Source: Jani Patokallio

‘Twas my very first IT job, a software developer summer internship at a manufacturer of very serious medical equipment, primarily anesthesia delivery systems and hospital patient monitors. The latter are the boxes you see bleeping next to bed-ridden patients, drawing graphs of pulse, blood pressure, respiration etc and summoning nurses when they flatline.  The office was full of 2-meter cylinders of laughing gas, luxuriously bearded gurus expert in embedded systems, and entire rooms devoted to the documentation needed for the FDA certification of various devices.  Hushed voices still spoke of a bug that had slipped through testing ten years ago in one piece of anesthesia kit and caused the machine to reset in the middle of surgery, and needless to say a teenage greenhorn like myself was kept well clear of all production systems.

Instead I was given a plum prototyping project to test out the hot buzzwords of 1997: build a C++ server that listens to the serial port of a patient monitor and dumps a selection of interesting events to a SQL Server database, then send the data via CORBA to a Java applet, so doctors, relatives etc could see how the patient was doing via the Internet, with both the ability to see realtime data and browse previous records.  Spiffy!  Especially since I had zero practical experience in any of these languages or systems!

After a few weeks of butcherous hackery, much of it spent on inhaling the migraine-inducing Visibroker ORB manual and squishing utterly mundane type conversion bugs, I had my “Simpson” system more or less running, with “Homer” recording and serving the data and “Bart” displaying it.  Along the way I had learned out that CORBA was hopelessly overcomplicated, that AWT was painful (GridBagLayouts, brr), that applets were slow as molasses, and that Java otherwise seemed like a pretty decent language.  But there was a niggling bug: every now and then, the C++ server would crash hard, and I set about figuring why.

Since patient monitor whose output I was listening to was in another cubicle, I had done most of my development and testing using the handy “Demo” mode where it happily played back simulated cardiac arrests and such in a loop, and as far as I could tell my server never crashed while using this. It did sometimes crash when I or somebody else twiddled with the controls manually, especially during live demos, but for the life of me I couldn’t work out a way to make it crash repeatably, no matter what I did.  I logged all events to disk to try to find out what had happened just before a crash, but slow and careful manual replication of the exact preceding event sequence (“set filter to X, twist control knob exactly three notches to the right, press button…”), complete with running back and forth because I couldn’t see my PC’s logs when using the patient monitor, failed to elicit a crash.  Whatever “the evil event”, as I took to calling it, was, it seemed to cause crashes while eluding all logging.  Was there some sort of serial I/O or hardware issue corrupting the events?  Were cosmic rays flipping bits in my PC?!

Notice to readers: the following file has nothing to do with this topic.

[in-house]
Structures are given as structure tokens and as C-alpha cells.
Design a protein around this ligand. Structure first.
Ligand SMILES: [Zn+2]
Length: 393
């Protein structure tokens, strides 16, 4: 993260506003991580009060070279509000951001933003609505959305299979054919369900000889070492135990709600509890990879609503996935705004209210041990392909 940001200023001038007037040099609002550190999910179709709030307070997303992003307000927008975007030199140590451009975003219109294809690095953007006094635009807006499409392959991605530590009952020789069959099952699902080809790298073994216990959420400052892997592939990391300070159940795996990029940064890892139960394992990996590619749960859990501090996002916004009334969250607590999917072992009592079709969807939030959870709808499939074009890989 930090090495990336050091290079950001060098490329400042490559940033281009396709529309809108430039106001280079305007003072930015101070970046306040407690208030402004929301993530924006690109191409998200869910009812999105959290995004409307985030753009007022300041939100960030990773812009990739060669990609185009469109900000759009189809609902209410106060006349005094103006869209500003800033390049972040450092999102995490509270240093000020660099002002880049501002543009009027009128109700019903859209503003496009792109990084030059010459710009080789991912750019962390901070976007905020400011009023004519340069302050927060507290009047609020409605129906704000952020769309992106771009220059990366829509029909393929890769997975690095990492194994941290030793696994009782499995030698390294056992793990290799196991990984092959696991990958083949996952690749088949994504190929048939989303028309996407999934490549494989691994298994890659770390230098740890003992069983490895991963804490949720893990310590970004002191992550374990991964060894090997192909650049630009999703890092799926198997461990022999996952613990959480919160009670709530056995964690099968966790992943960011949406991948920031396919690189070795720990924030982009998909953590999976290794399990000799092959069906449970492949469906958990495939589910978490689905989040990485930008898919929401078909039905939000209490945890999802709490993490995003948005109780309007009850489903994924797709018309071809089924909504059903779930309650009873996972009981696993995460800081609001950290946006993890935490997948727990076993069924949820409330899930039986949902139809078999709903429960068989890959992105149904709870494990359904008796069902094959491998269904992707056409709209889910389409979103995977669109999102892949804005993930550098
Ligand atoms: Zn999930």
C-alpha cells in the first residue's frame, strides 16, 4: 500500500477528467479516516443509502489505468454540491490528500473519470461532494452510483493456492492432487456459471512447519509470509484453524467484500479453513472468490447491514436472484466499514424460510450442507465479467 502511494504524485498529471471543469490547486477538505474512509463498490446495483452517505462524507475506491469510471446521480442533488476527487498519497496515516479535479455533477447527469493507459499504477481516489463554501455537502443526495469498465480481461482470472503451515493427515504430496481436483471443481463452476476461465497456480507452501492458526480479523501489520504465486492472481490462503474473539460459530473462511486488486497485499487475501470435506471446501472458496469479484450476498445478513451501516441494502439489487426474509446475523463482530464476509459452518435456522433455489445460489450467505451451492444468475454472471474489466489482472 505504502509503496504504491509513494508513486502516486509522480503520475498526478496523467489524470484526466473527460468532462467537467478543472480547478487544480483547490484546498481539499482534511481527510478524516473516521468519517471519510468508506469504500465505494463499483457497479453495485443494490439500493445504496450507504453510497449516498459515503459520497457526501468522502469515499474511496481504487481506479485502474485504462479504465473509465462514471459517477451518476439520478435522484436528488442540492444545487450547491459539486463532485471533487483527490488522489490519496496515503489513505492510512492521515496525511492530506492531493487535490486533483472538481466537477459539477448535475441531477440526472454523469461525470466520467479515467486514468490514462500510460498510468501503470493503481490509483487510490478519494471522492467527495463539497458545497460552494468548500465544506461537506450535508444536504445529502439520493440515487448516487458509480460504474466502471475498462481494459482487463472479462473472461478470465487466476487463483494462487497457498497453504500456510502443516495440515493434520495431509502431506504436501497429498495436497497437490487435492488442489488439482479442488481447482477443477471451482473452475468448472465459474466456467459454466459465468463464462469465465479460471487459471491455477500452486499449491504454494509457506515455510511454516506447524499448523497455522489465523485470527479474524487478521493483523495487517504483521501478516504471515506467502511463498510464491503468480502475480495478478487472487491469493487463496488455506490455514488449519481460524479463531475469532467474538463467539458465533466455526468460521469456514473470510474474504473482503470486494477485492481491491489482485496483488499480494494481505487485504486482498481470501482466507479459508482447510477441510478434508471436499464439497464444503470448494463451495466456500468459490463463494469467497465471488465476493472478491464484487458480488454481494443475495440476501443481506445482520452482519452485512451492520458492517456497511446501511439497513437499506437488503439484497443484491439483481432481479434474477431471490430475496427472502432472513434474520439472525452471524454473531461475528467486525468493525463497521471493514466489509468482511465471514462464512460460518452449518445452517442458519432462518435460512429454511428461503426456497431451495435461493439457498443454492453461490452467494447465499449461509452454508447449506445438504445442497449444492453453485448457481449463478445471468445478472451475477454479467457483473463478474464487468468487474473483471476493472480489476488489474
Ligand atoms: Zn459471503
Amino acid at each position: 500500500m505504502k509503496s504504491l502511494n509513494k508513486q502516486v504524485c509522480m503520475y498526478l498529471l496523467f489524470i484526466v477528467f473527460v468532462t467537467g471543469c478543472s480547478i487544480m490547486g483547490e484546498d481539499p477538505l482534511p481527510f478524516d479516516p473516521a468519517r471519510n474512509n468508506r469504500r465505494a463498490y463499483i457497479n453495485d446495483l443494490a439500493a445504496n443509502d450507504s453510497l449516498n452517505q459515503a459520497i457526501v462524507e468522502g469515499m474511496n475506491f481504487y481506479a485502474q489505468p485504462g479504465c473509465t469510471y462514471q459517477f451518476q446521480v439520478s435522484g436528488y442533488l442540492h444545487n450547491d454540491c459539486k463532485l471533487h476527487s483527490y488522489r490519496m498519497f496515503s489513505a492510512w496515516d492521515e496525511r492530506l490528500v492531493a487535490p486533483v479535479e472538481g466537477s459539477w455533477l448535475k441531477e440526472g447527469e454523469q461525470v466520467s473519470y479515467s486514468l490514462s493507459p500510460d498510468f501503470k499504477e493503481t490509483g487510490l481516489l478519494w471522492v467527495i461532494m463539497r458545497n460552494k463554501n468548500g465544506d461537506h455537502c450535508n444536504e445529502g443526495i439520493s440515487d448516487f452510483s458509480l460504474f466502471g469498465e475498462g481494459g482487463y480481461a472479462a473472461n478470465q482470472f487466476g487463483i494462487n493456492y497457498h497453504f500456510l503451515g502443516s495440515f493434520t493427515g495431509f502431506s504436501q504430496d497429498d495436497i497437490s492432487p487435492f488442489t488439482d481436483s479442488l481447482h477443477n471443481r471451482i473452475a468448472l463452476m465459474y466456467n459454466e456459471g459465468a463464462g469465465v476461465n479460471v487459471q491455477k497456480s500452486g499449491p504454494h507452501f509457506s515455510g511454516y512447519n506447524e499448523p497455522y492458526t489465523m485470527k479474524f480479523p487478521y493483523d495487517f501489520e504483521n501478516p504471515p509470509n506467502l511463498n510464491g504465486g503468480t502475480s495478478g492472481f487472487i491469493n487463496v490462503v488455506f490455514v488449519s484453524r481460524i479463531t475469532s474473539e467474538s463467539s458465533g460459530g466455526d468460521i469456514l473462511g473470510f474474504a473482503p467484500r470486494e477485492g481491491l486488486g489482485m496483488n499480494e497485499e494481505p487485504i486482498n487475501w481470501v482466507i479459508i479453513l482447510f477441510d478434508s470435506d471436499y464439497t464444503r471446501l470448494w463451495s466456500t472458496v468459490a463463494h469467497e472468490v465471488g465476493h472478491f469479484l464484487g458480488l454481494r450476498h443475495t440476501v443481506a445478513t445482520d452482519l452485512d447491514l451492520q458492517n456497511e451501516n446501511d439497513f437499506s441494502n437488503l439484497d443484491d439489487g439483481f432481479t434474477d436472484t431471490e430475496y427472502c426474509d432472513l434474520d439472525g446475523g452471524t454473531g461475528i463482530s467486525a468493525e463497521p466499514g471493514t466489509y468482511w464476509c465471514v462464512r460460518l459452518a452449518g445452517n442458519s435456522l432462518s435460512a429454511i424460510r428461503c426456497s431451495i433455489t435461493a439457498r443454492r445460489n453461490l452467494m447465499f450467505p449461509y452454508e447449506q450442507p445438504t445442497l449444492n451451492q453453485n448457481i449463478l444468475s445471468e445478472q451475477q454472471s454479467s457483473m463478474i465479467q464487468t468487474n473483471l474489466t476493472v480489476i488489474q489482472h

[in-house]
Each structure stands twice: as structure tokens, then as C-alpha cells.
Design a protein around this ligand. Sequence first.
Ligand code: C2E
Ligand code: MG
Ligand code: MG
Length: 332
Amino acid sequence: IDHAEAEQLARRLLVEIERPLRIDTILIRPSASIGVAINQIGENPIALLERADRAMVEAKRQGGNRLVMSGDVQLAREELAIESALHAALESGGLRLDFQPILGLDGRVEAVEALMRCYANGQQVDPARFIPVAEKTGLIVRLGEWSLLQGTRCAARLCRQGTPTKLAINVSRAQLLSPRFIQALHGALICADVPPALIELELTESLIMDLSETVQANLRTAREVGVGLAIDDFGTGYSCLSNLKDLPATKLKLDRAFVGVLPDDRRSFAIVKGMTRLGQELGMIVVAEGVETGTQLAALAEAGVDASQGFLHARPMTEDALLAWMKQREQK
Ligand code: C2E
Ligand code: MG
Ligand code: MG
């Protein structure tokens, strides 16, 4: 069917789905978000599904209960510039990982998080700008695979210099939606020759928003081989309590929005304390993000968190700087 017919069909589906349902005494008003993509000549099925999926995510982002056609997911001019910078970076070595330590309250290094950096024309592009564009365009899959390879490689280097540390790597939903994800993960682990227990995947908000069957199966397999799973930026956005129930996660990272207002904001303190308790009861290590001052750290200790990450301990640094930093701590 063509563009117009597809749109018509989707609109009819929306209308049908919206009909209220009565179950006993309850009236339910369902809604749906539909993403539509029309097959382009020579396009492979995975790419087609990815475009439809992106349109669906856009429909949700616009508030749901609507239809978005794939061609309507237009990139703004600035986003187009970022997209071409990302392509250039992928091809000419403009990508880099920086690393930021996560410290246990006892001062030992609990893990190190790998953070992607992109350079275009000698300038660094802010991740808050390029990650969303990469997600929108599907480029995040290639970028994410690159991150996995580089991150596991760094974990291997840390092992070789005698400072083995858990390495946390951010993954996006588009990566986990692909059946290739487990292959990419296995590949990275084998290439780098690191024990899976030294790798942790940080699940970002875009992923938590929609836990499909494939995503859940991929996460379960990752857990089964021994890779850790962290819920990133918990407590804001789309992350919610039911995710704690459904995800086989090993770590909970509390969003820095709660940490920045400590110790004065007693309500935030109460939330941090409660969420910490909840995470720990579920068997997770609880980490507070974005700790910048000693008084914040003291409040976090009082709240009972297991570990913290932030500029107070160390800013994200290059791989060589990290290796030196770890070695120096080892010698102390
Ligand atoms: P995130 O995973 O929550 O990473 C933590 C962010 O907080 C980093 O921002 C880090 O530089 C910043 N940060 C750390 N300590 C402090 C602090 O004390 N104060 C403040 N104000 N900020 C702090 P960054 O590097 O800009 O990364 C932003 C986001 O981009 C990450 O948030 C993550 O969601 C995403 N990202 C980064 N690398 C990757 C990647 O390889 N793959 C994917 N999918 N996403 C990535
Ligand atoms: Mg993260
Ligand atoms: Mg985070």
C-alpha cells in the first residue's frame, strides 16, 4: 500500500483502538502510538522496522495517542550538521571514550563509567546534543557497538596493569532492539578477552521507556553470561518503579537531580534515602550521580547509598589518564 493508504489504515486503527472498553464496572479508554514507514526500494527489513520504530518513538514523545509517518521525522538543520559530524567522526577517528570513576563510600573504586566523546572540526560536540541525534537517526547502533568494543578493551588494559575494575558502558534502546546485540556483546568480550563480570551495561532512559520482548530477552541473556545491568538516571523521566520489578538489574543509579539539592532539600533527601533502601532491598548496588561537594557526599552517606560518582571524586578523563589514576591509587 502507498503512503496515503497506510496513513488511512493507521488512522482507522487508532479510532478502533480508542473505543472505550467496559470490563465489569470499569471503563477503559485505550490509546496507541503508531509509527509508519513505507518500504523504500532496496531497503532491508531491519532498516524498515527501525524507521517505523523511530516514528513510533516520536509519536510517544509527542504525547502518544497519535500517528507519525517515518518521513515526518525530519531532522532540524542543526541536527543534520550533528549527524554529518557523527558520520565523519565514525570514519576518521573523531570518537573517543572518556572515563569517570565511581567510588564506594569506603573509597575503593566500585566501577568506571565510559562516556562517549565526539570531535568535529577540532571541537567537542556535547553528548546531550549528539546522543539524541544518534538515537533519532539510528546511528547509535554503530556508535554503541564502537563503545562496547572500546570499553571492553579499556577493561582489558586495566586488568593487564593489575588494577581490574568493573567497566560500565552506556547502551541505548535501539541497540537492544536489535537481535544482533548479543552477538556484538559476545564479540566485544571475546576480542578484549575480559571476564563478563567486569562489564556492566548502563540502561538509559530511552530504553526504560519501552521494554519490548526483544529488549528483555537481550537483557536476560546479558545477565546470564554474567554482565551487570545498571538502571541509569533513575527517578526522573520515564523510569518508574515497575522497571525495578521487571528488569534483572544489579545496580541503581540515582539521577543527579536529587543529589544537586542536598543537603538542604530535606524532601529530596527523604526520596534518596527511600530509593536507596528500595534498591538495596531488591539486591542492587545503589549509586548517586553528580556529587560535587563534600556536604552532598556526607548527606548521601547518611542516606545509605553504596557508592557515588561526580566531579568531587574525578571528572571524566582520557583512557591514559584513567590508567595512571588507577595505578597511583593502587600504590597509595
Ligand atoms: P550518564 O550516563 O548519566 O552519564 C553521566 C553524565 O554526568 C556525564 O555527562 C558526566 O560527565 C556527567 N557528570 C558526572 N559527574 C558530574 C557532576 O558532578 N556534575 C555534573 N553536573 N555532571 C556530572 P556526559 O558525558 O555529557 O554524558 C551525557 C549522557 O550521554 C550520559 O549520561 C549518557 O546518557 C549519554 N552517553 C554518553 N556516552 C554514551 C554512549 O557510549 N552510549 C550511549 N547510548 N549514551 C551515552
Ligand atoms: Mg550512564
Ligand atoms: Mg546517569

After several weeks of frustration, where entire days devoted to experimentation had produced no results, I ended up basically adding printf statements to every single line between receiving the event from the serial port and writing it in the database…  and in the process, as I revisited every line of that code, a sinking realization dawned on me.

When setting up the database schema, in a misguided attempt at saving space, I had made the amateur mistake of using the event timestamp as the primary key — so if two events happened to come in at the same millisecond, the DB would throw a unique key constraint violation.  I noticed this early on, but determined that this only seemed to happen in unusual and uninteresting circumstances like when futzing about in the monitor’s internal configuration settings, so I added a catch block that logged a warning and continued on its merry way.

But. This was old-school code, and the log string was written C-style into a fixed-length 80-character buffer. While the length of the unique key violation message itself was invariable, the log timestamp happened to be formatted so that it used the long-form English weekday name (%E), so the output looked like “Monday, July 17, 1997, 10:38:47.123”. Turns out English weekday names have an interesting property: Wednesday is 9 characters, but all else are less.

Caught on yet? On Wednesdays, and only on Wednesdays, if somebody manually twiddled certain bits in the monitor settings in a certain way, two events would occur during the same millisecond and cause the DB to throw an exception, and the error message that logged this would be exactly 81 bytes long including the null terminator, overflowing the 80-char buffer and causing the program to crash!

Ever since, I’ve made sure to use a dedicated and preferably auto-incremented integer ID as the primary key of every database table I need, and to log everything in ISO format, YYYY-MM-DD, no weekdays needed.  And over the years, I’ve learned that no matter how seemingly random and unpredictable the behavior of the bug, there’s always a logical explanation for it that you can find if you dig deep enough; that “unrelated” errors rarely are; and that it’s almost certainly your own damn fault.

More such crazy stories

© 2017-02-17